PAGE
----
While we have great talk of support of these very human rights issues from our President and the U.S. Secretary of State, very little has filtered down to those in urgent and desperate need and people like Mari and Cara have, in effect, had no help getting to the U.S.A.
The good news is now the Mari and Cara are safe – here in West Marin and are overjoyed that they have finally found the opportunity to seek asylum and live as a regular couple, free to marry in the city of San Francisco. And so the date for this historic wedding to be held at San Francisco City Hall has been set.
However their needs are great.
Their current host accommodation expires in April and we are urgently seeking a place for them to stay in the East Bay or anywhere in the San Francisco Bay Area. West Marin is remote and not conducive to a new life especially at the time when they are able to obtain work.
One also cannot lose sight of the fact that their freedom and the happiness it brings is bitter sweet and heartbreaking, as both Mari and Cara reflect back on the loss of family – and that is where we as a community must step in. We are their new family. We are asking all our friends, the faith based affirming community and the LGBTI community and allies to come out in full force to support Mari and Cara.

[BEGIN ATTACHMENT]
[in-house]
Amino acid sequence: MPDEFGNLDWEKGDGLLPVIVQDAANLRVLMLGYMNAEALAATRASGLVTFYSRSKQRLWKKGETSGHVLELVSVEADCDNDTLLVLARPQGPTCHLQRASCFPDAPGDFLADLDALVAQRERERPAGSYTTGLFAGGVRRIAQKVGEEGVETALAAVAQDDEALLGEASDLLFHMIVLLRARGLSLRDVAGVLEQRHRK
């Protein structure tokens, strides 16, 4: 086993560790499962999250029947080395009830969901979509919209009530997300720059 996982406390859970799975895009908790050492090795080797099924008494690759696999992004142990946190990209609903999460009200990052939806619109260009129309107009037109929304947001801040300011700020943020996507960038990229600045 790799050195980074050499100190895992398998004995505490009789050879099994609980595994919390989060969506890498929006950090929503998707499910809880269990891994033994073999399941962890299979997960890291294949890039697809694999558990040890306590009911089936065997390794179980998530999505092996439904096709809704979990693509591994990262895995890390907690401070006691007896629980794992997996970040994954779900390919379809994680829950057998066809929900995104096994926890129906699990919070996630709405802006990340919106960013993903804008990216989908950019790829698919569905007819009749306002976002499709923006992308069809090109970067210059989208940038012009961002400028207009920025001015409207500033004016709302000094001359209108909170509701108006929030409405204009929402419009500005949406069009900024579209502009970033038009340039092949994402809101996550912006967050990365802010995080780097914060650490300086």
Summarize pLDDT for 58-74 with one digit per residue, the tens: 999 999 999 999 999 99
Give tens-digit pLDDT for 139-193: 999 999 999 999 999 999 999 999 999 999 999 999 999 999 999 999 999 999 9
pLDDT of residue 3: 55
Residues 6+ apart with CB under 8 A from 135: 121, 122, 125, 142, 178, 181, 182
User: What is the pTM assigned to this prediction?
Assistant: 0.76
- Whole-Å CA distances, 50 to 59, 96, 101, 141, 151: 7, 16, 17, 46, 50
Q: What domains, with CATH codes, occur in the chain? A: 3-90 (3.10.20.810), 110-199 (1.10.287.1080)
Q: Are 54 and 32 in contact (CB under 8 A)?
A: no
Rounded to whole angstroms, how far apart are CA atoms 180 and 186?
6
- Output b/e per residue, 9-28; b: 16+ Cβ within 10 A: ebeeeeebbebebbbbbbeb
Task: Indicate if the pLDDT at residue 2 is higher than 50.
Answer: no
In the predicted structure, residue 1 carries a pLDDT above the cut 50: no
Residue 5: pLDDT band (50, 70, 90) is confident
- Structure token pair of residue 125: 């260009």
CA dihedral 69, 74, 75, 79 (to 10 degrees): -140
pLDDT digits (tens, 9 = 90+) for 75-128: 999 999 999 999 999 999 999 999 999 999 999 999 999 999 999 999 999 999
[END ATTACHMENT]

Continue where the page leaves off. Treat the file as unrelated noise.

Please do what you can to spread the word – so that we can give Mari and Cara a warm LGBTI welcome, respite from their trauma, and a memorable wedding day. With much healing yet to come, and enormous work to conclude asylum applications – I have every faith that our religious and LGBTI communities will pull together to help them through the journey ahead – and what will still be months of great difficulty. Please help to make their wedding day magical!
Mari and Cara are afraid that notwithstanding the rejection and persecution by members of their families back home, they still fear homophobic stigma and reprisal against their families and so have chosen to use pseudonyms to protect them.
A huge big thank you to the Cooley Law firm for taking on this case, pro bono, with the solicitude, zest and passion it so deserves.
Contact Melanie Nathan – Nathan@AfricanHRC.org
We have established a Wedding and Life Fund for Mari and Cara at https://www.indiegogo.com/projects/wedding-and-life-for-lgbt-asylum-seeking-couple/x/9186720 (CAMPAIGN ENDED)
Updated THE WEDDING April 17, 2015.: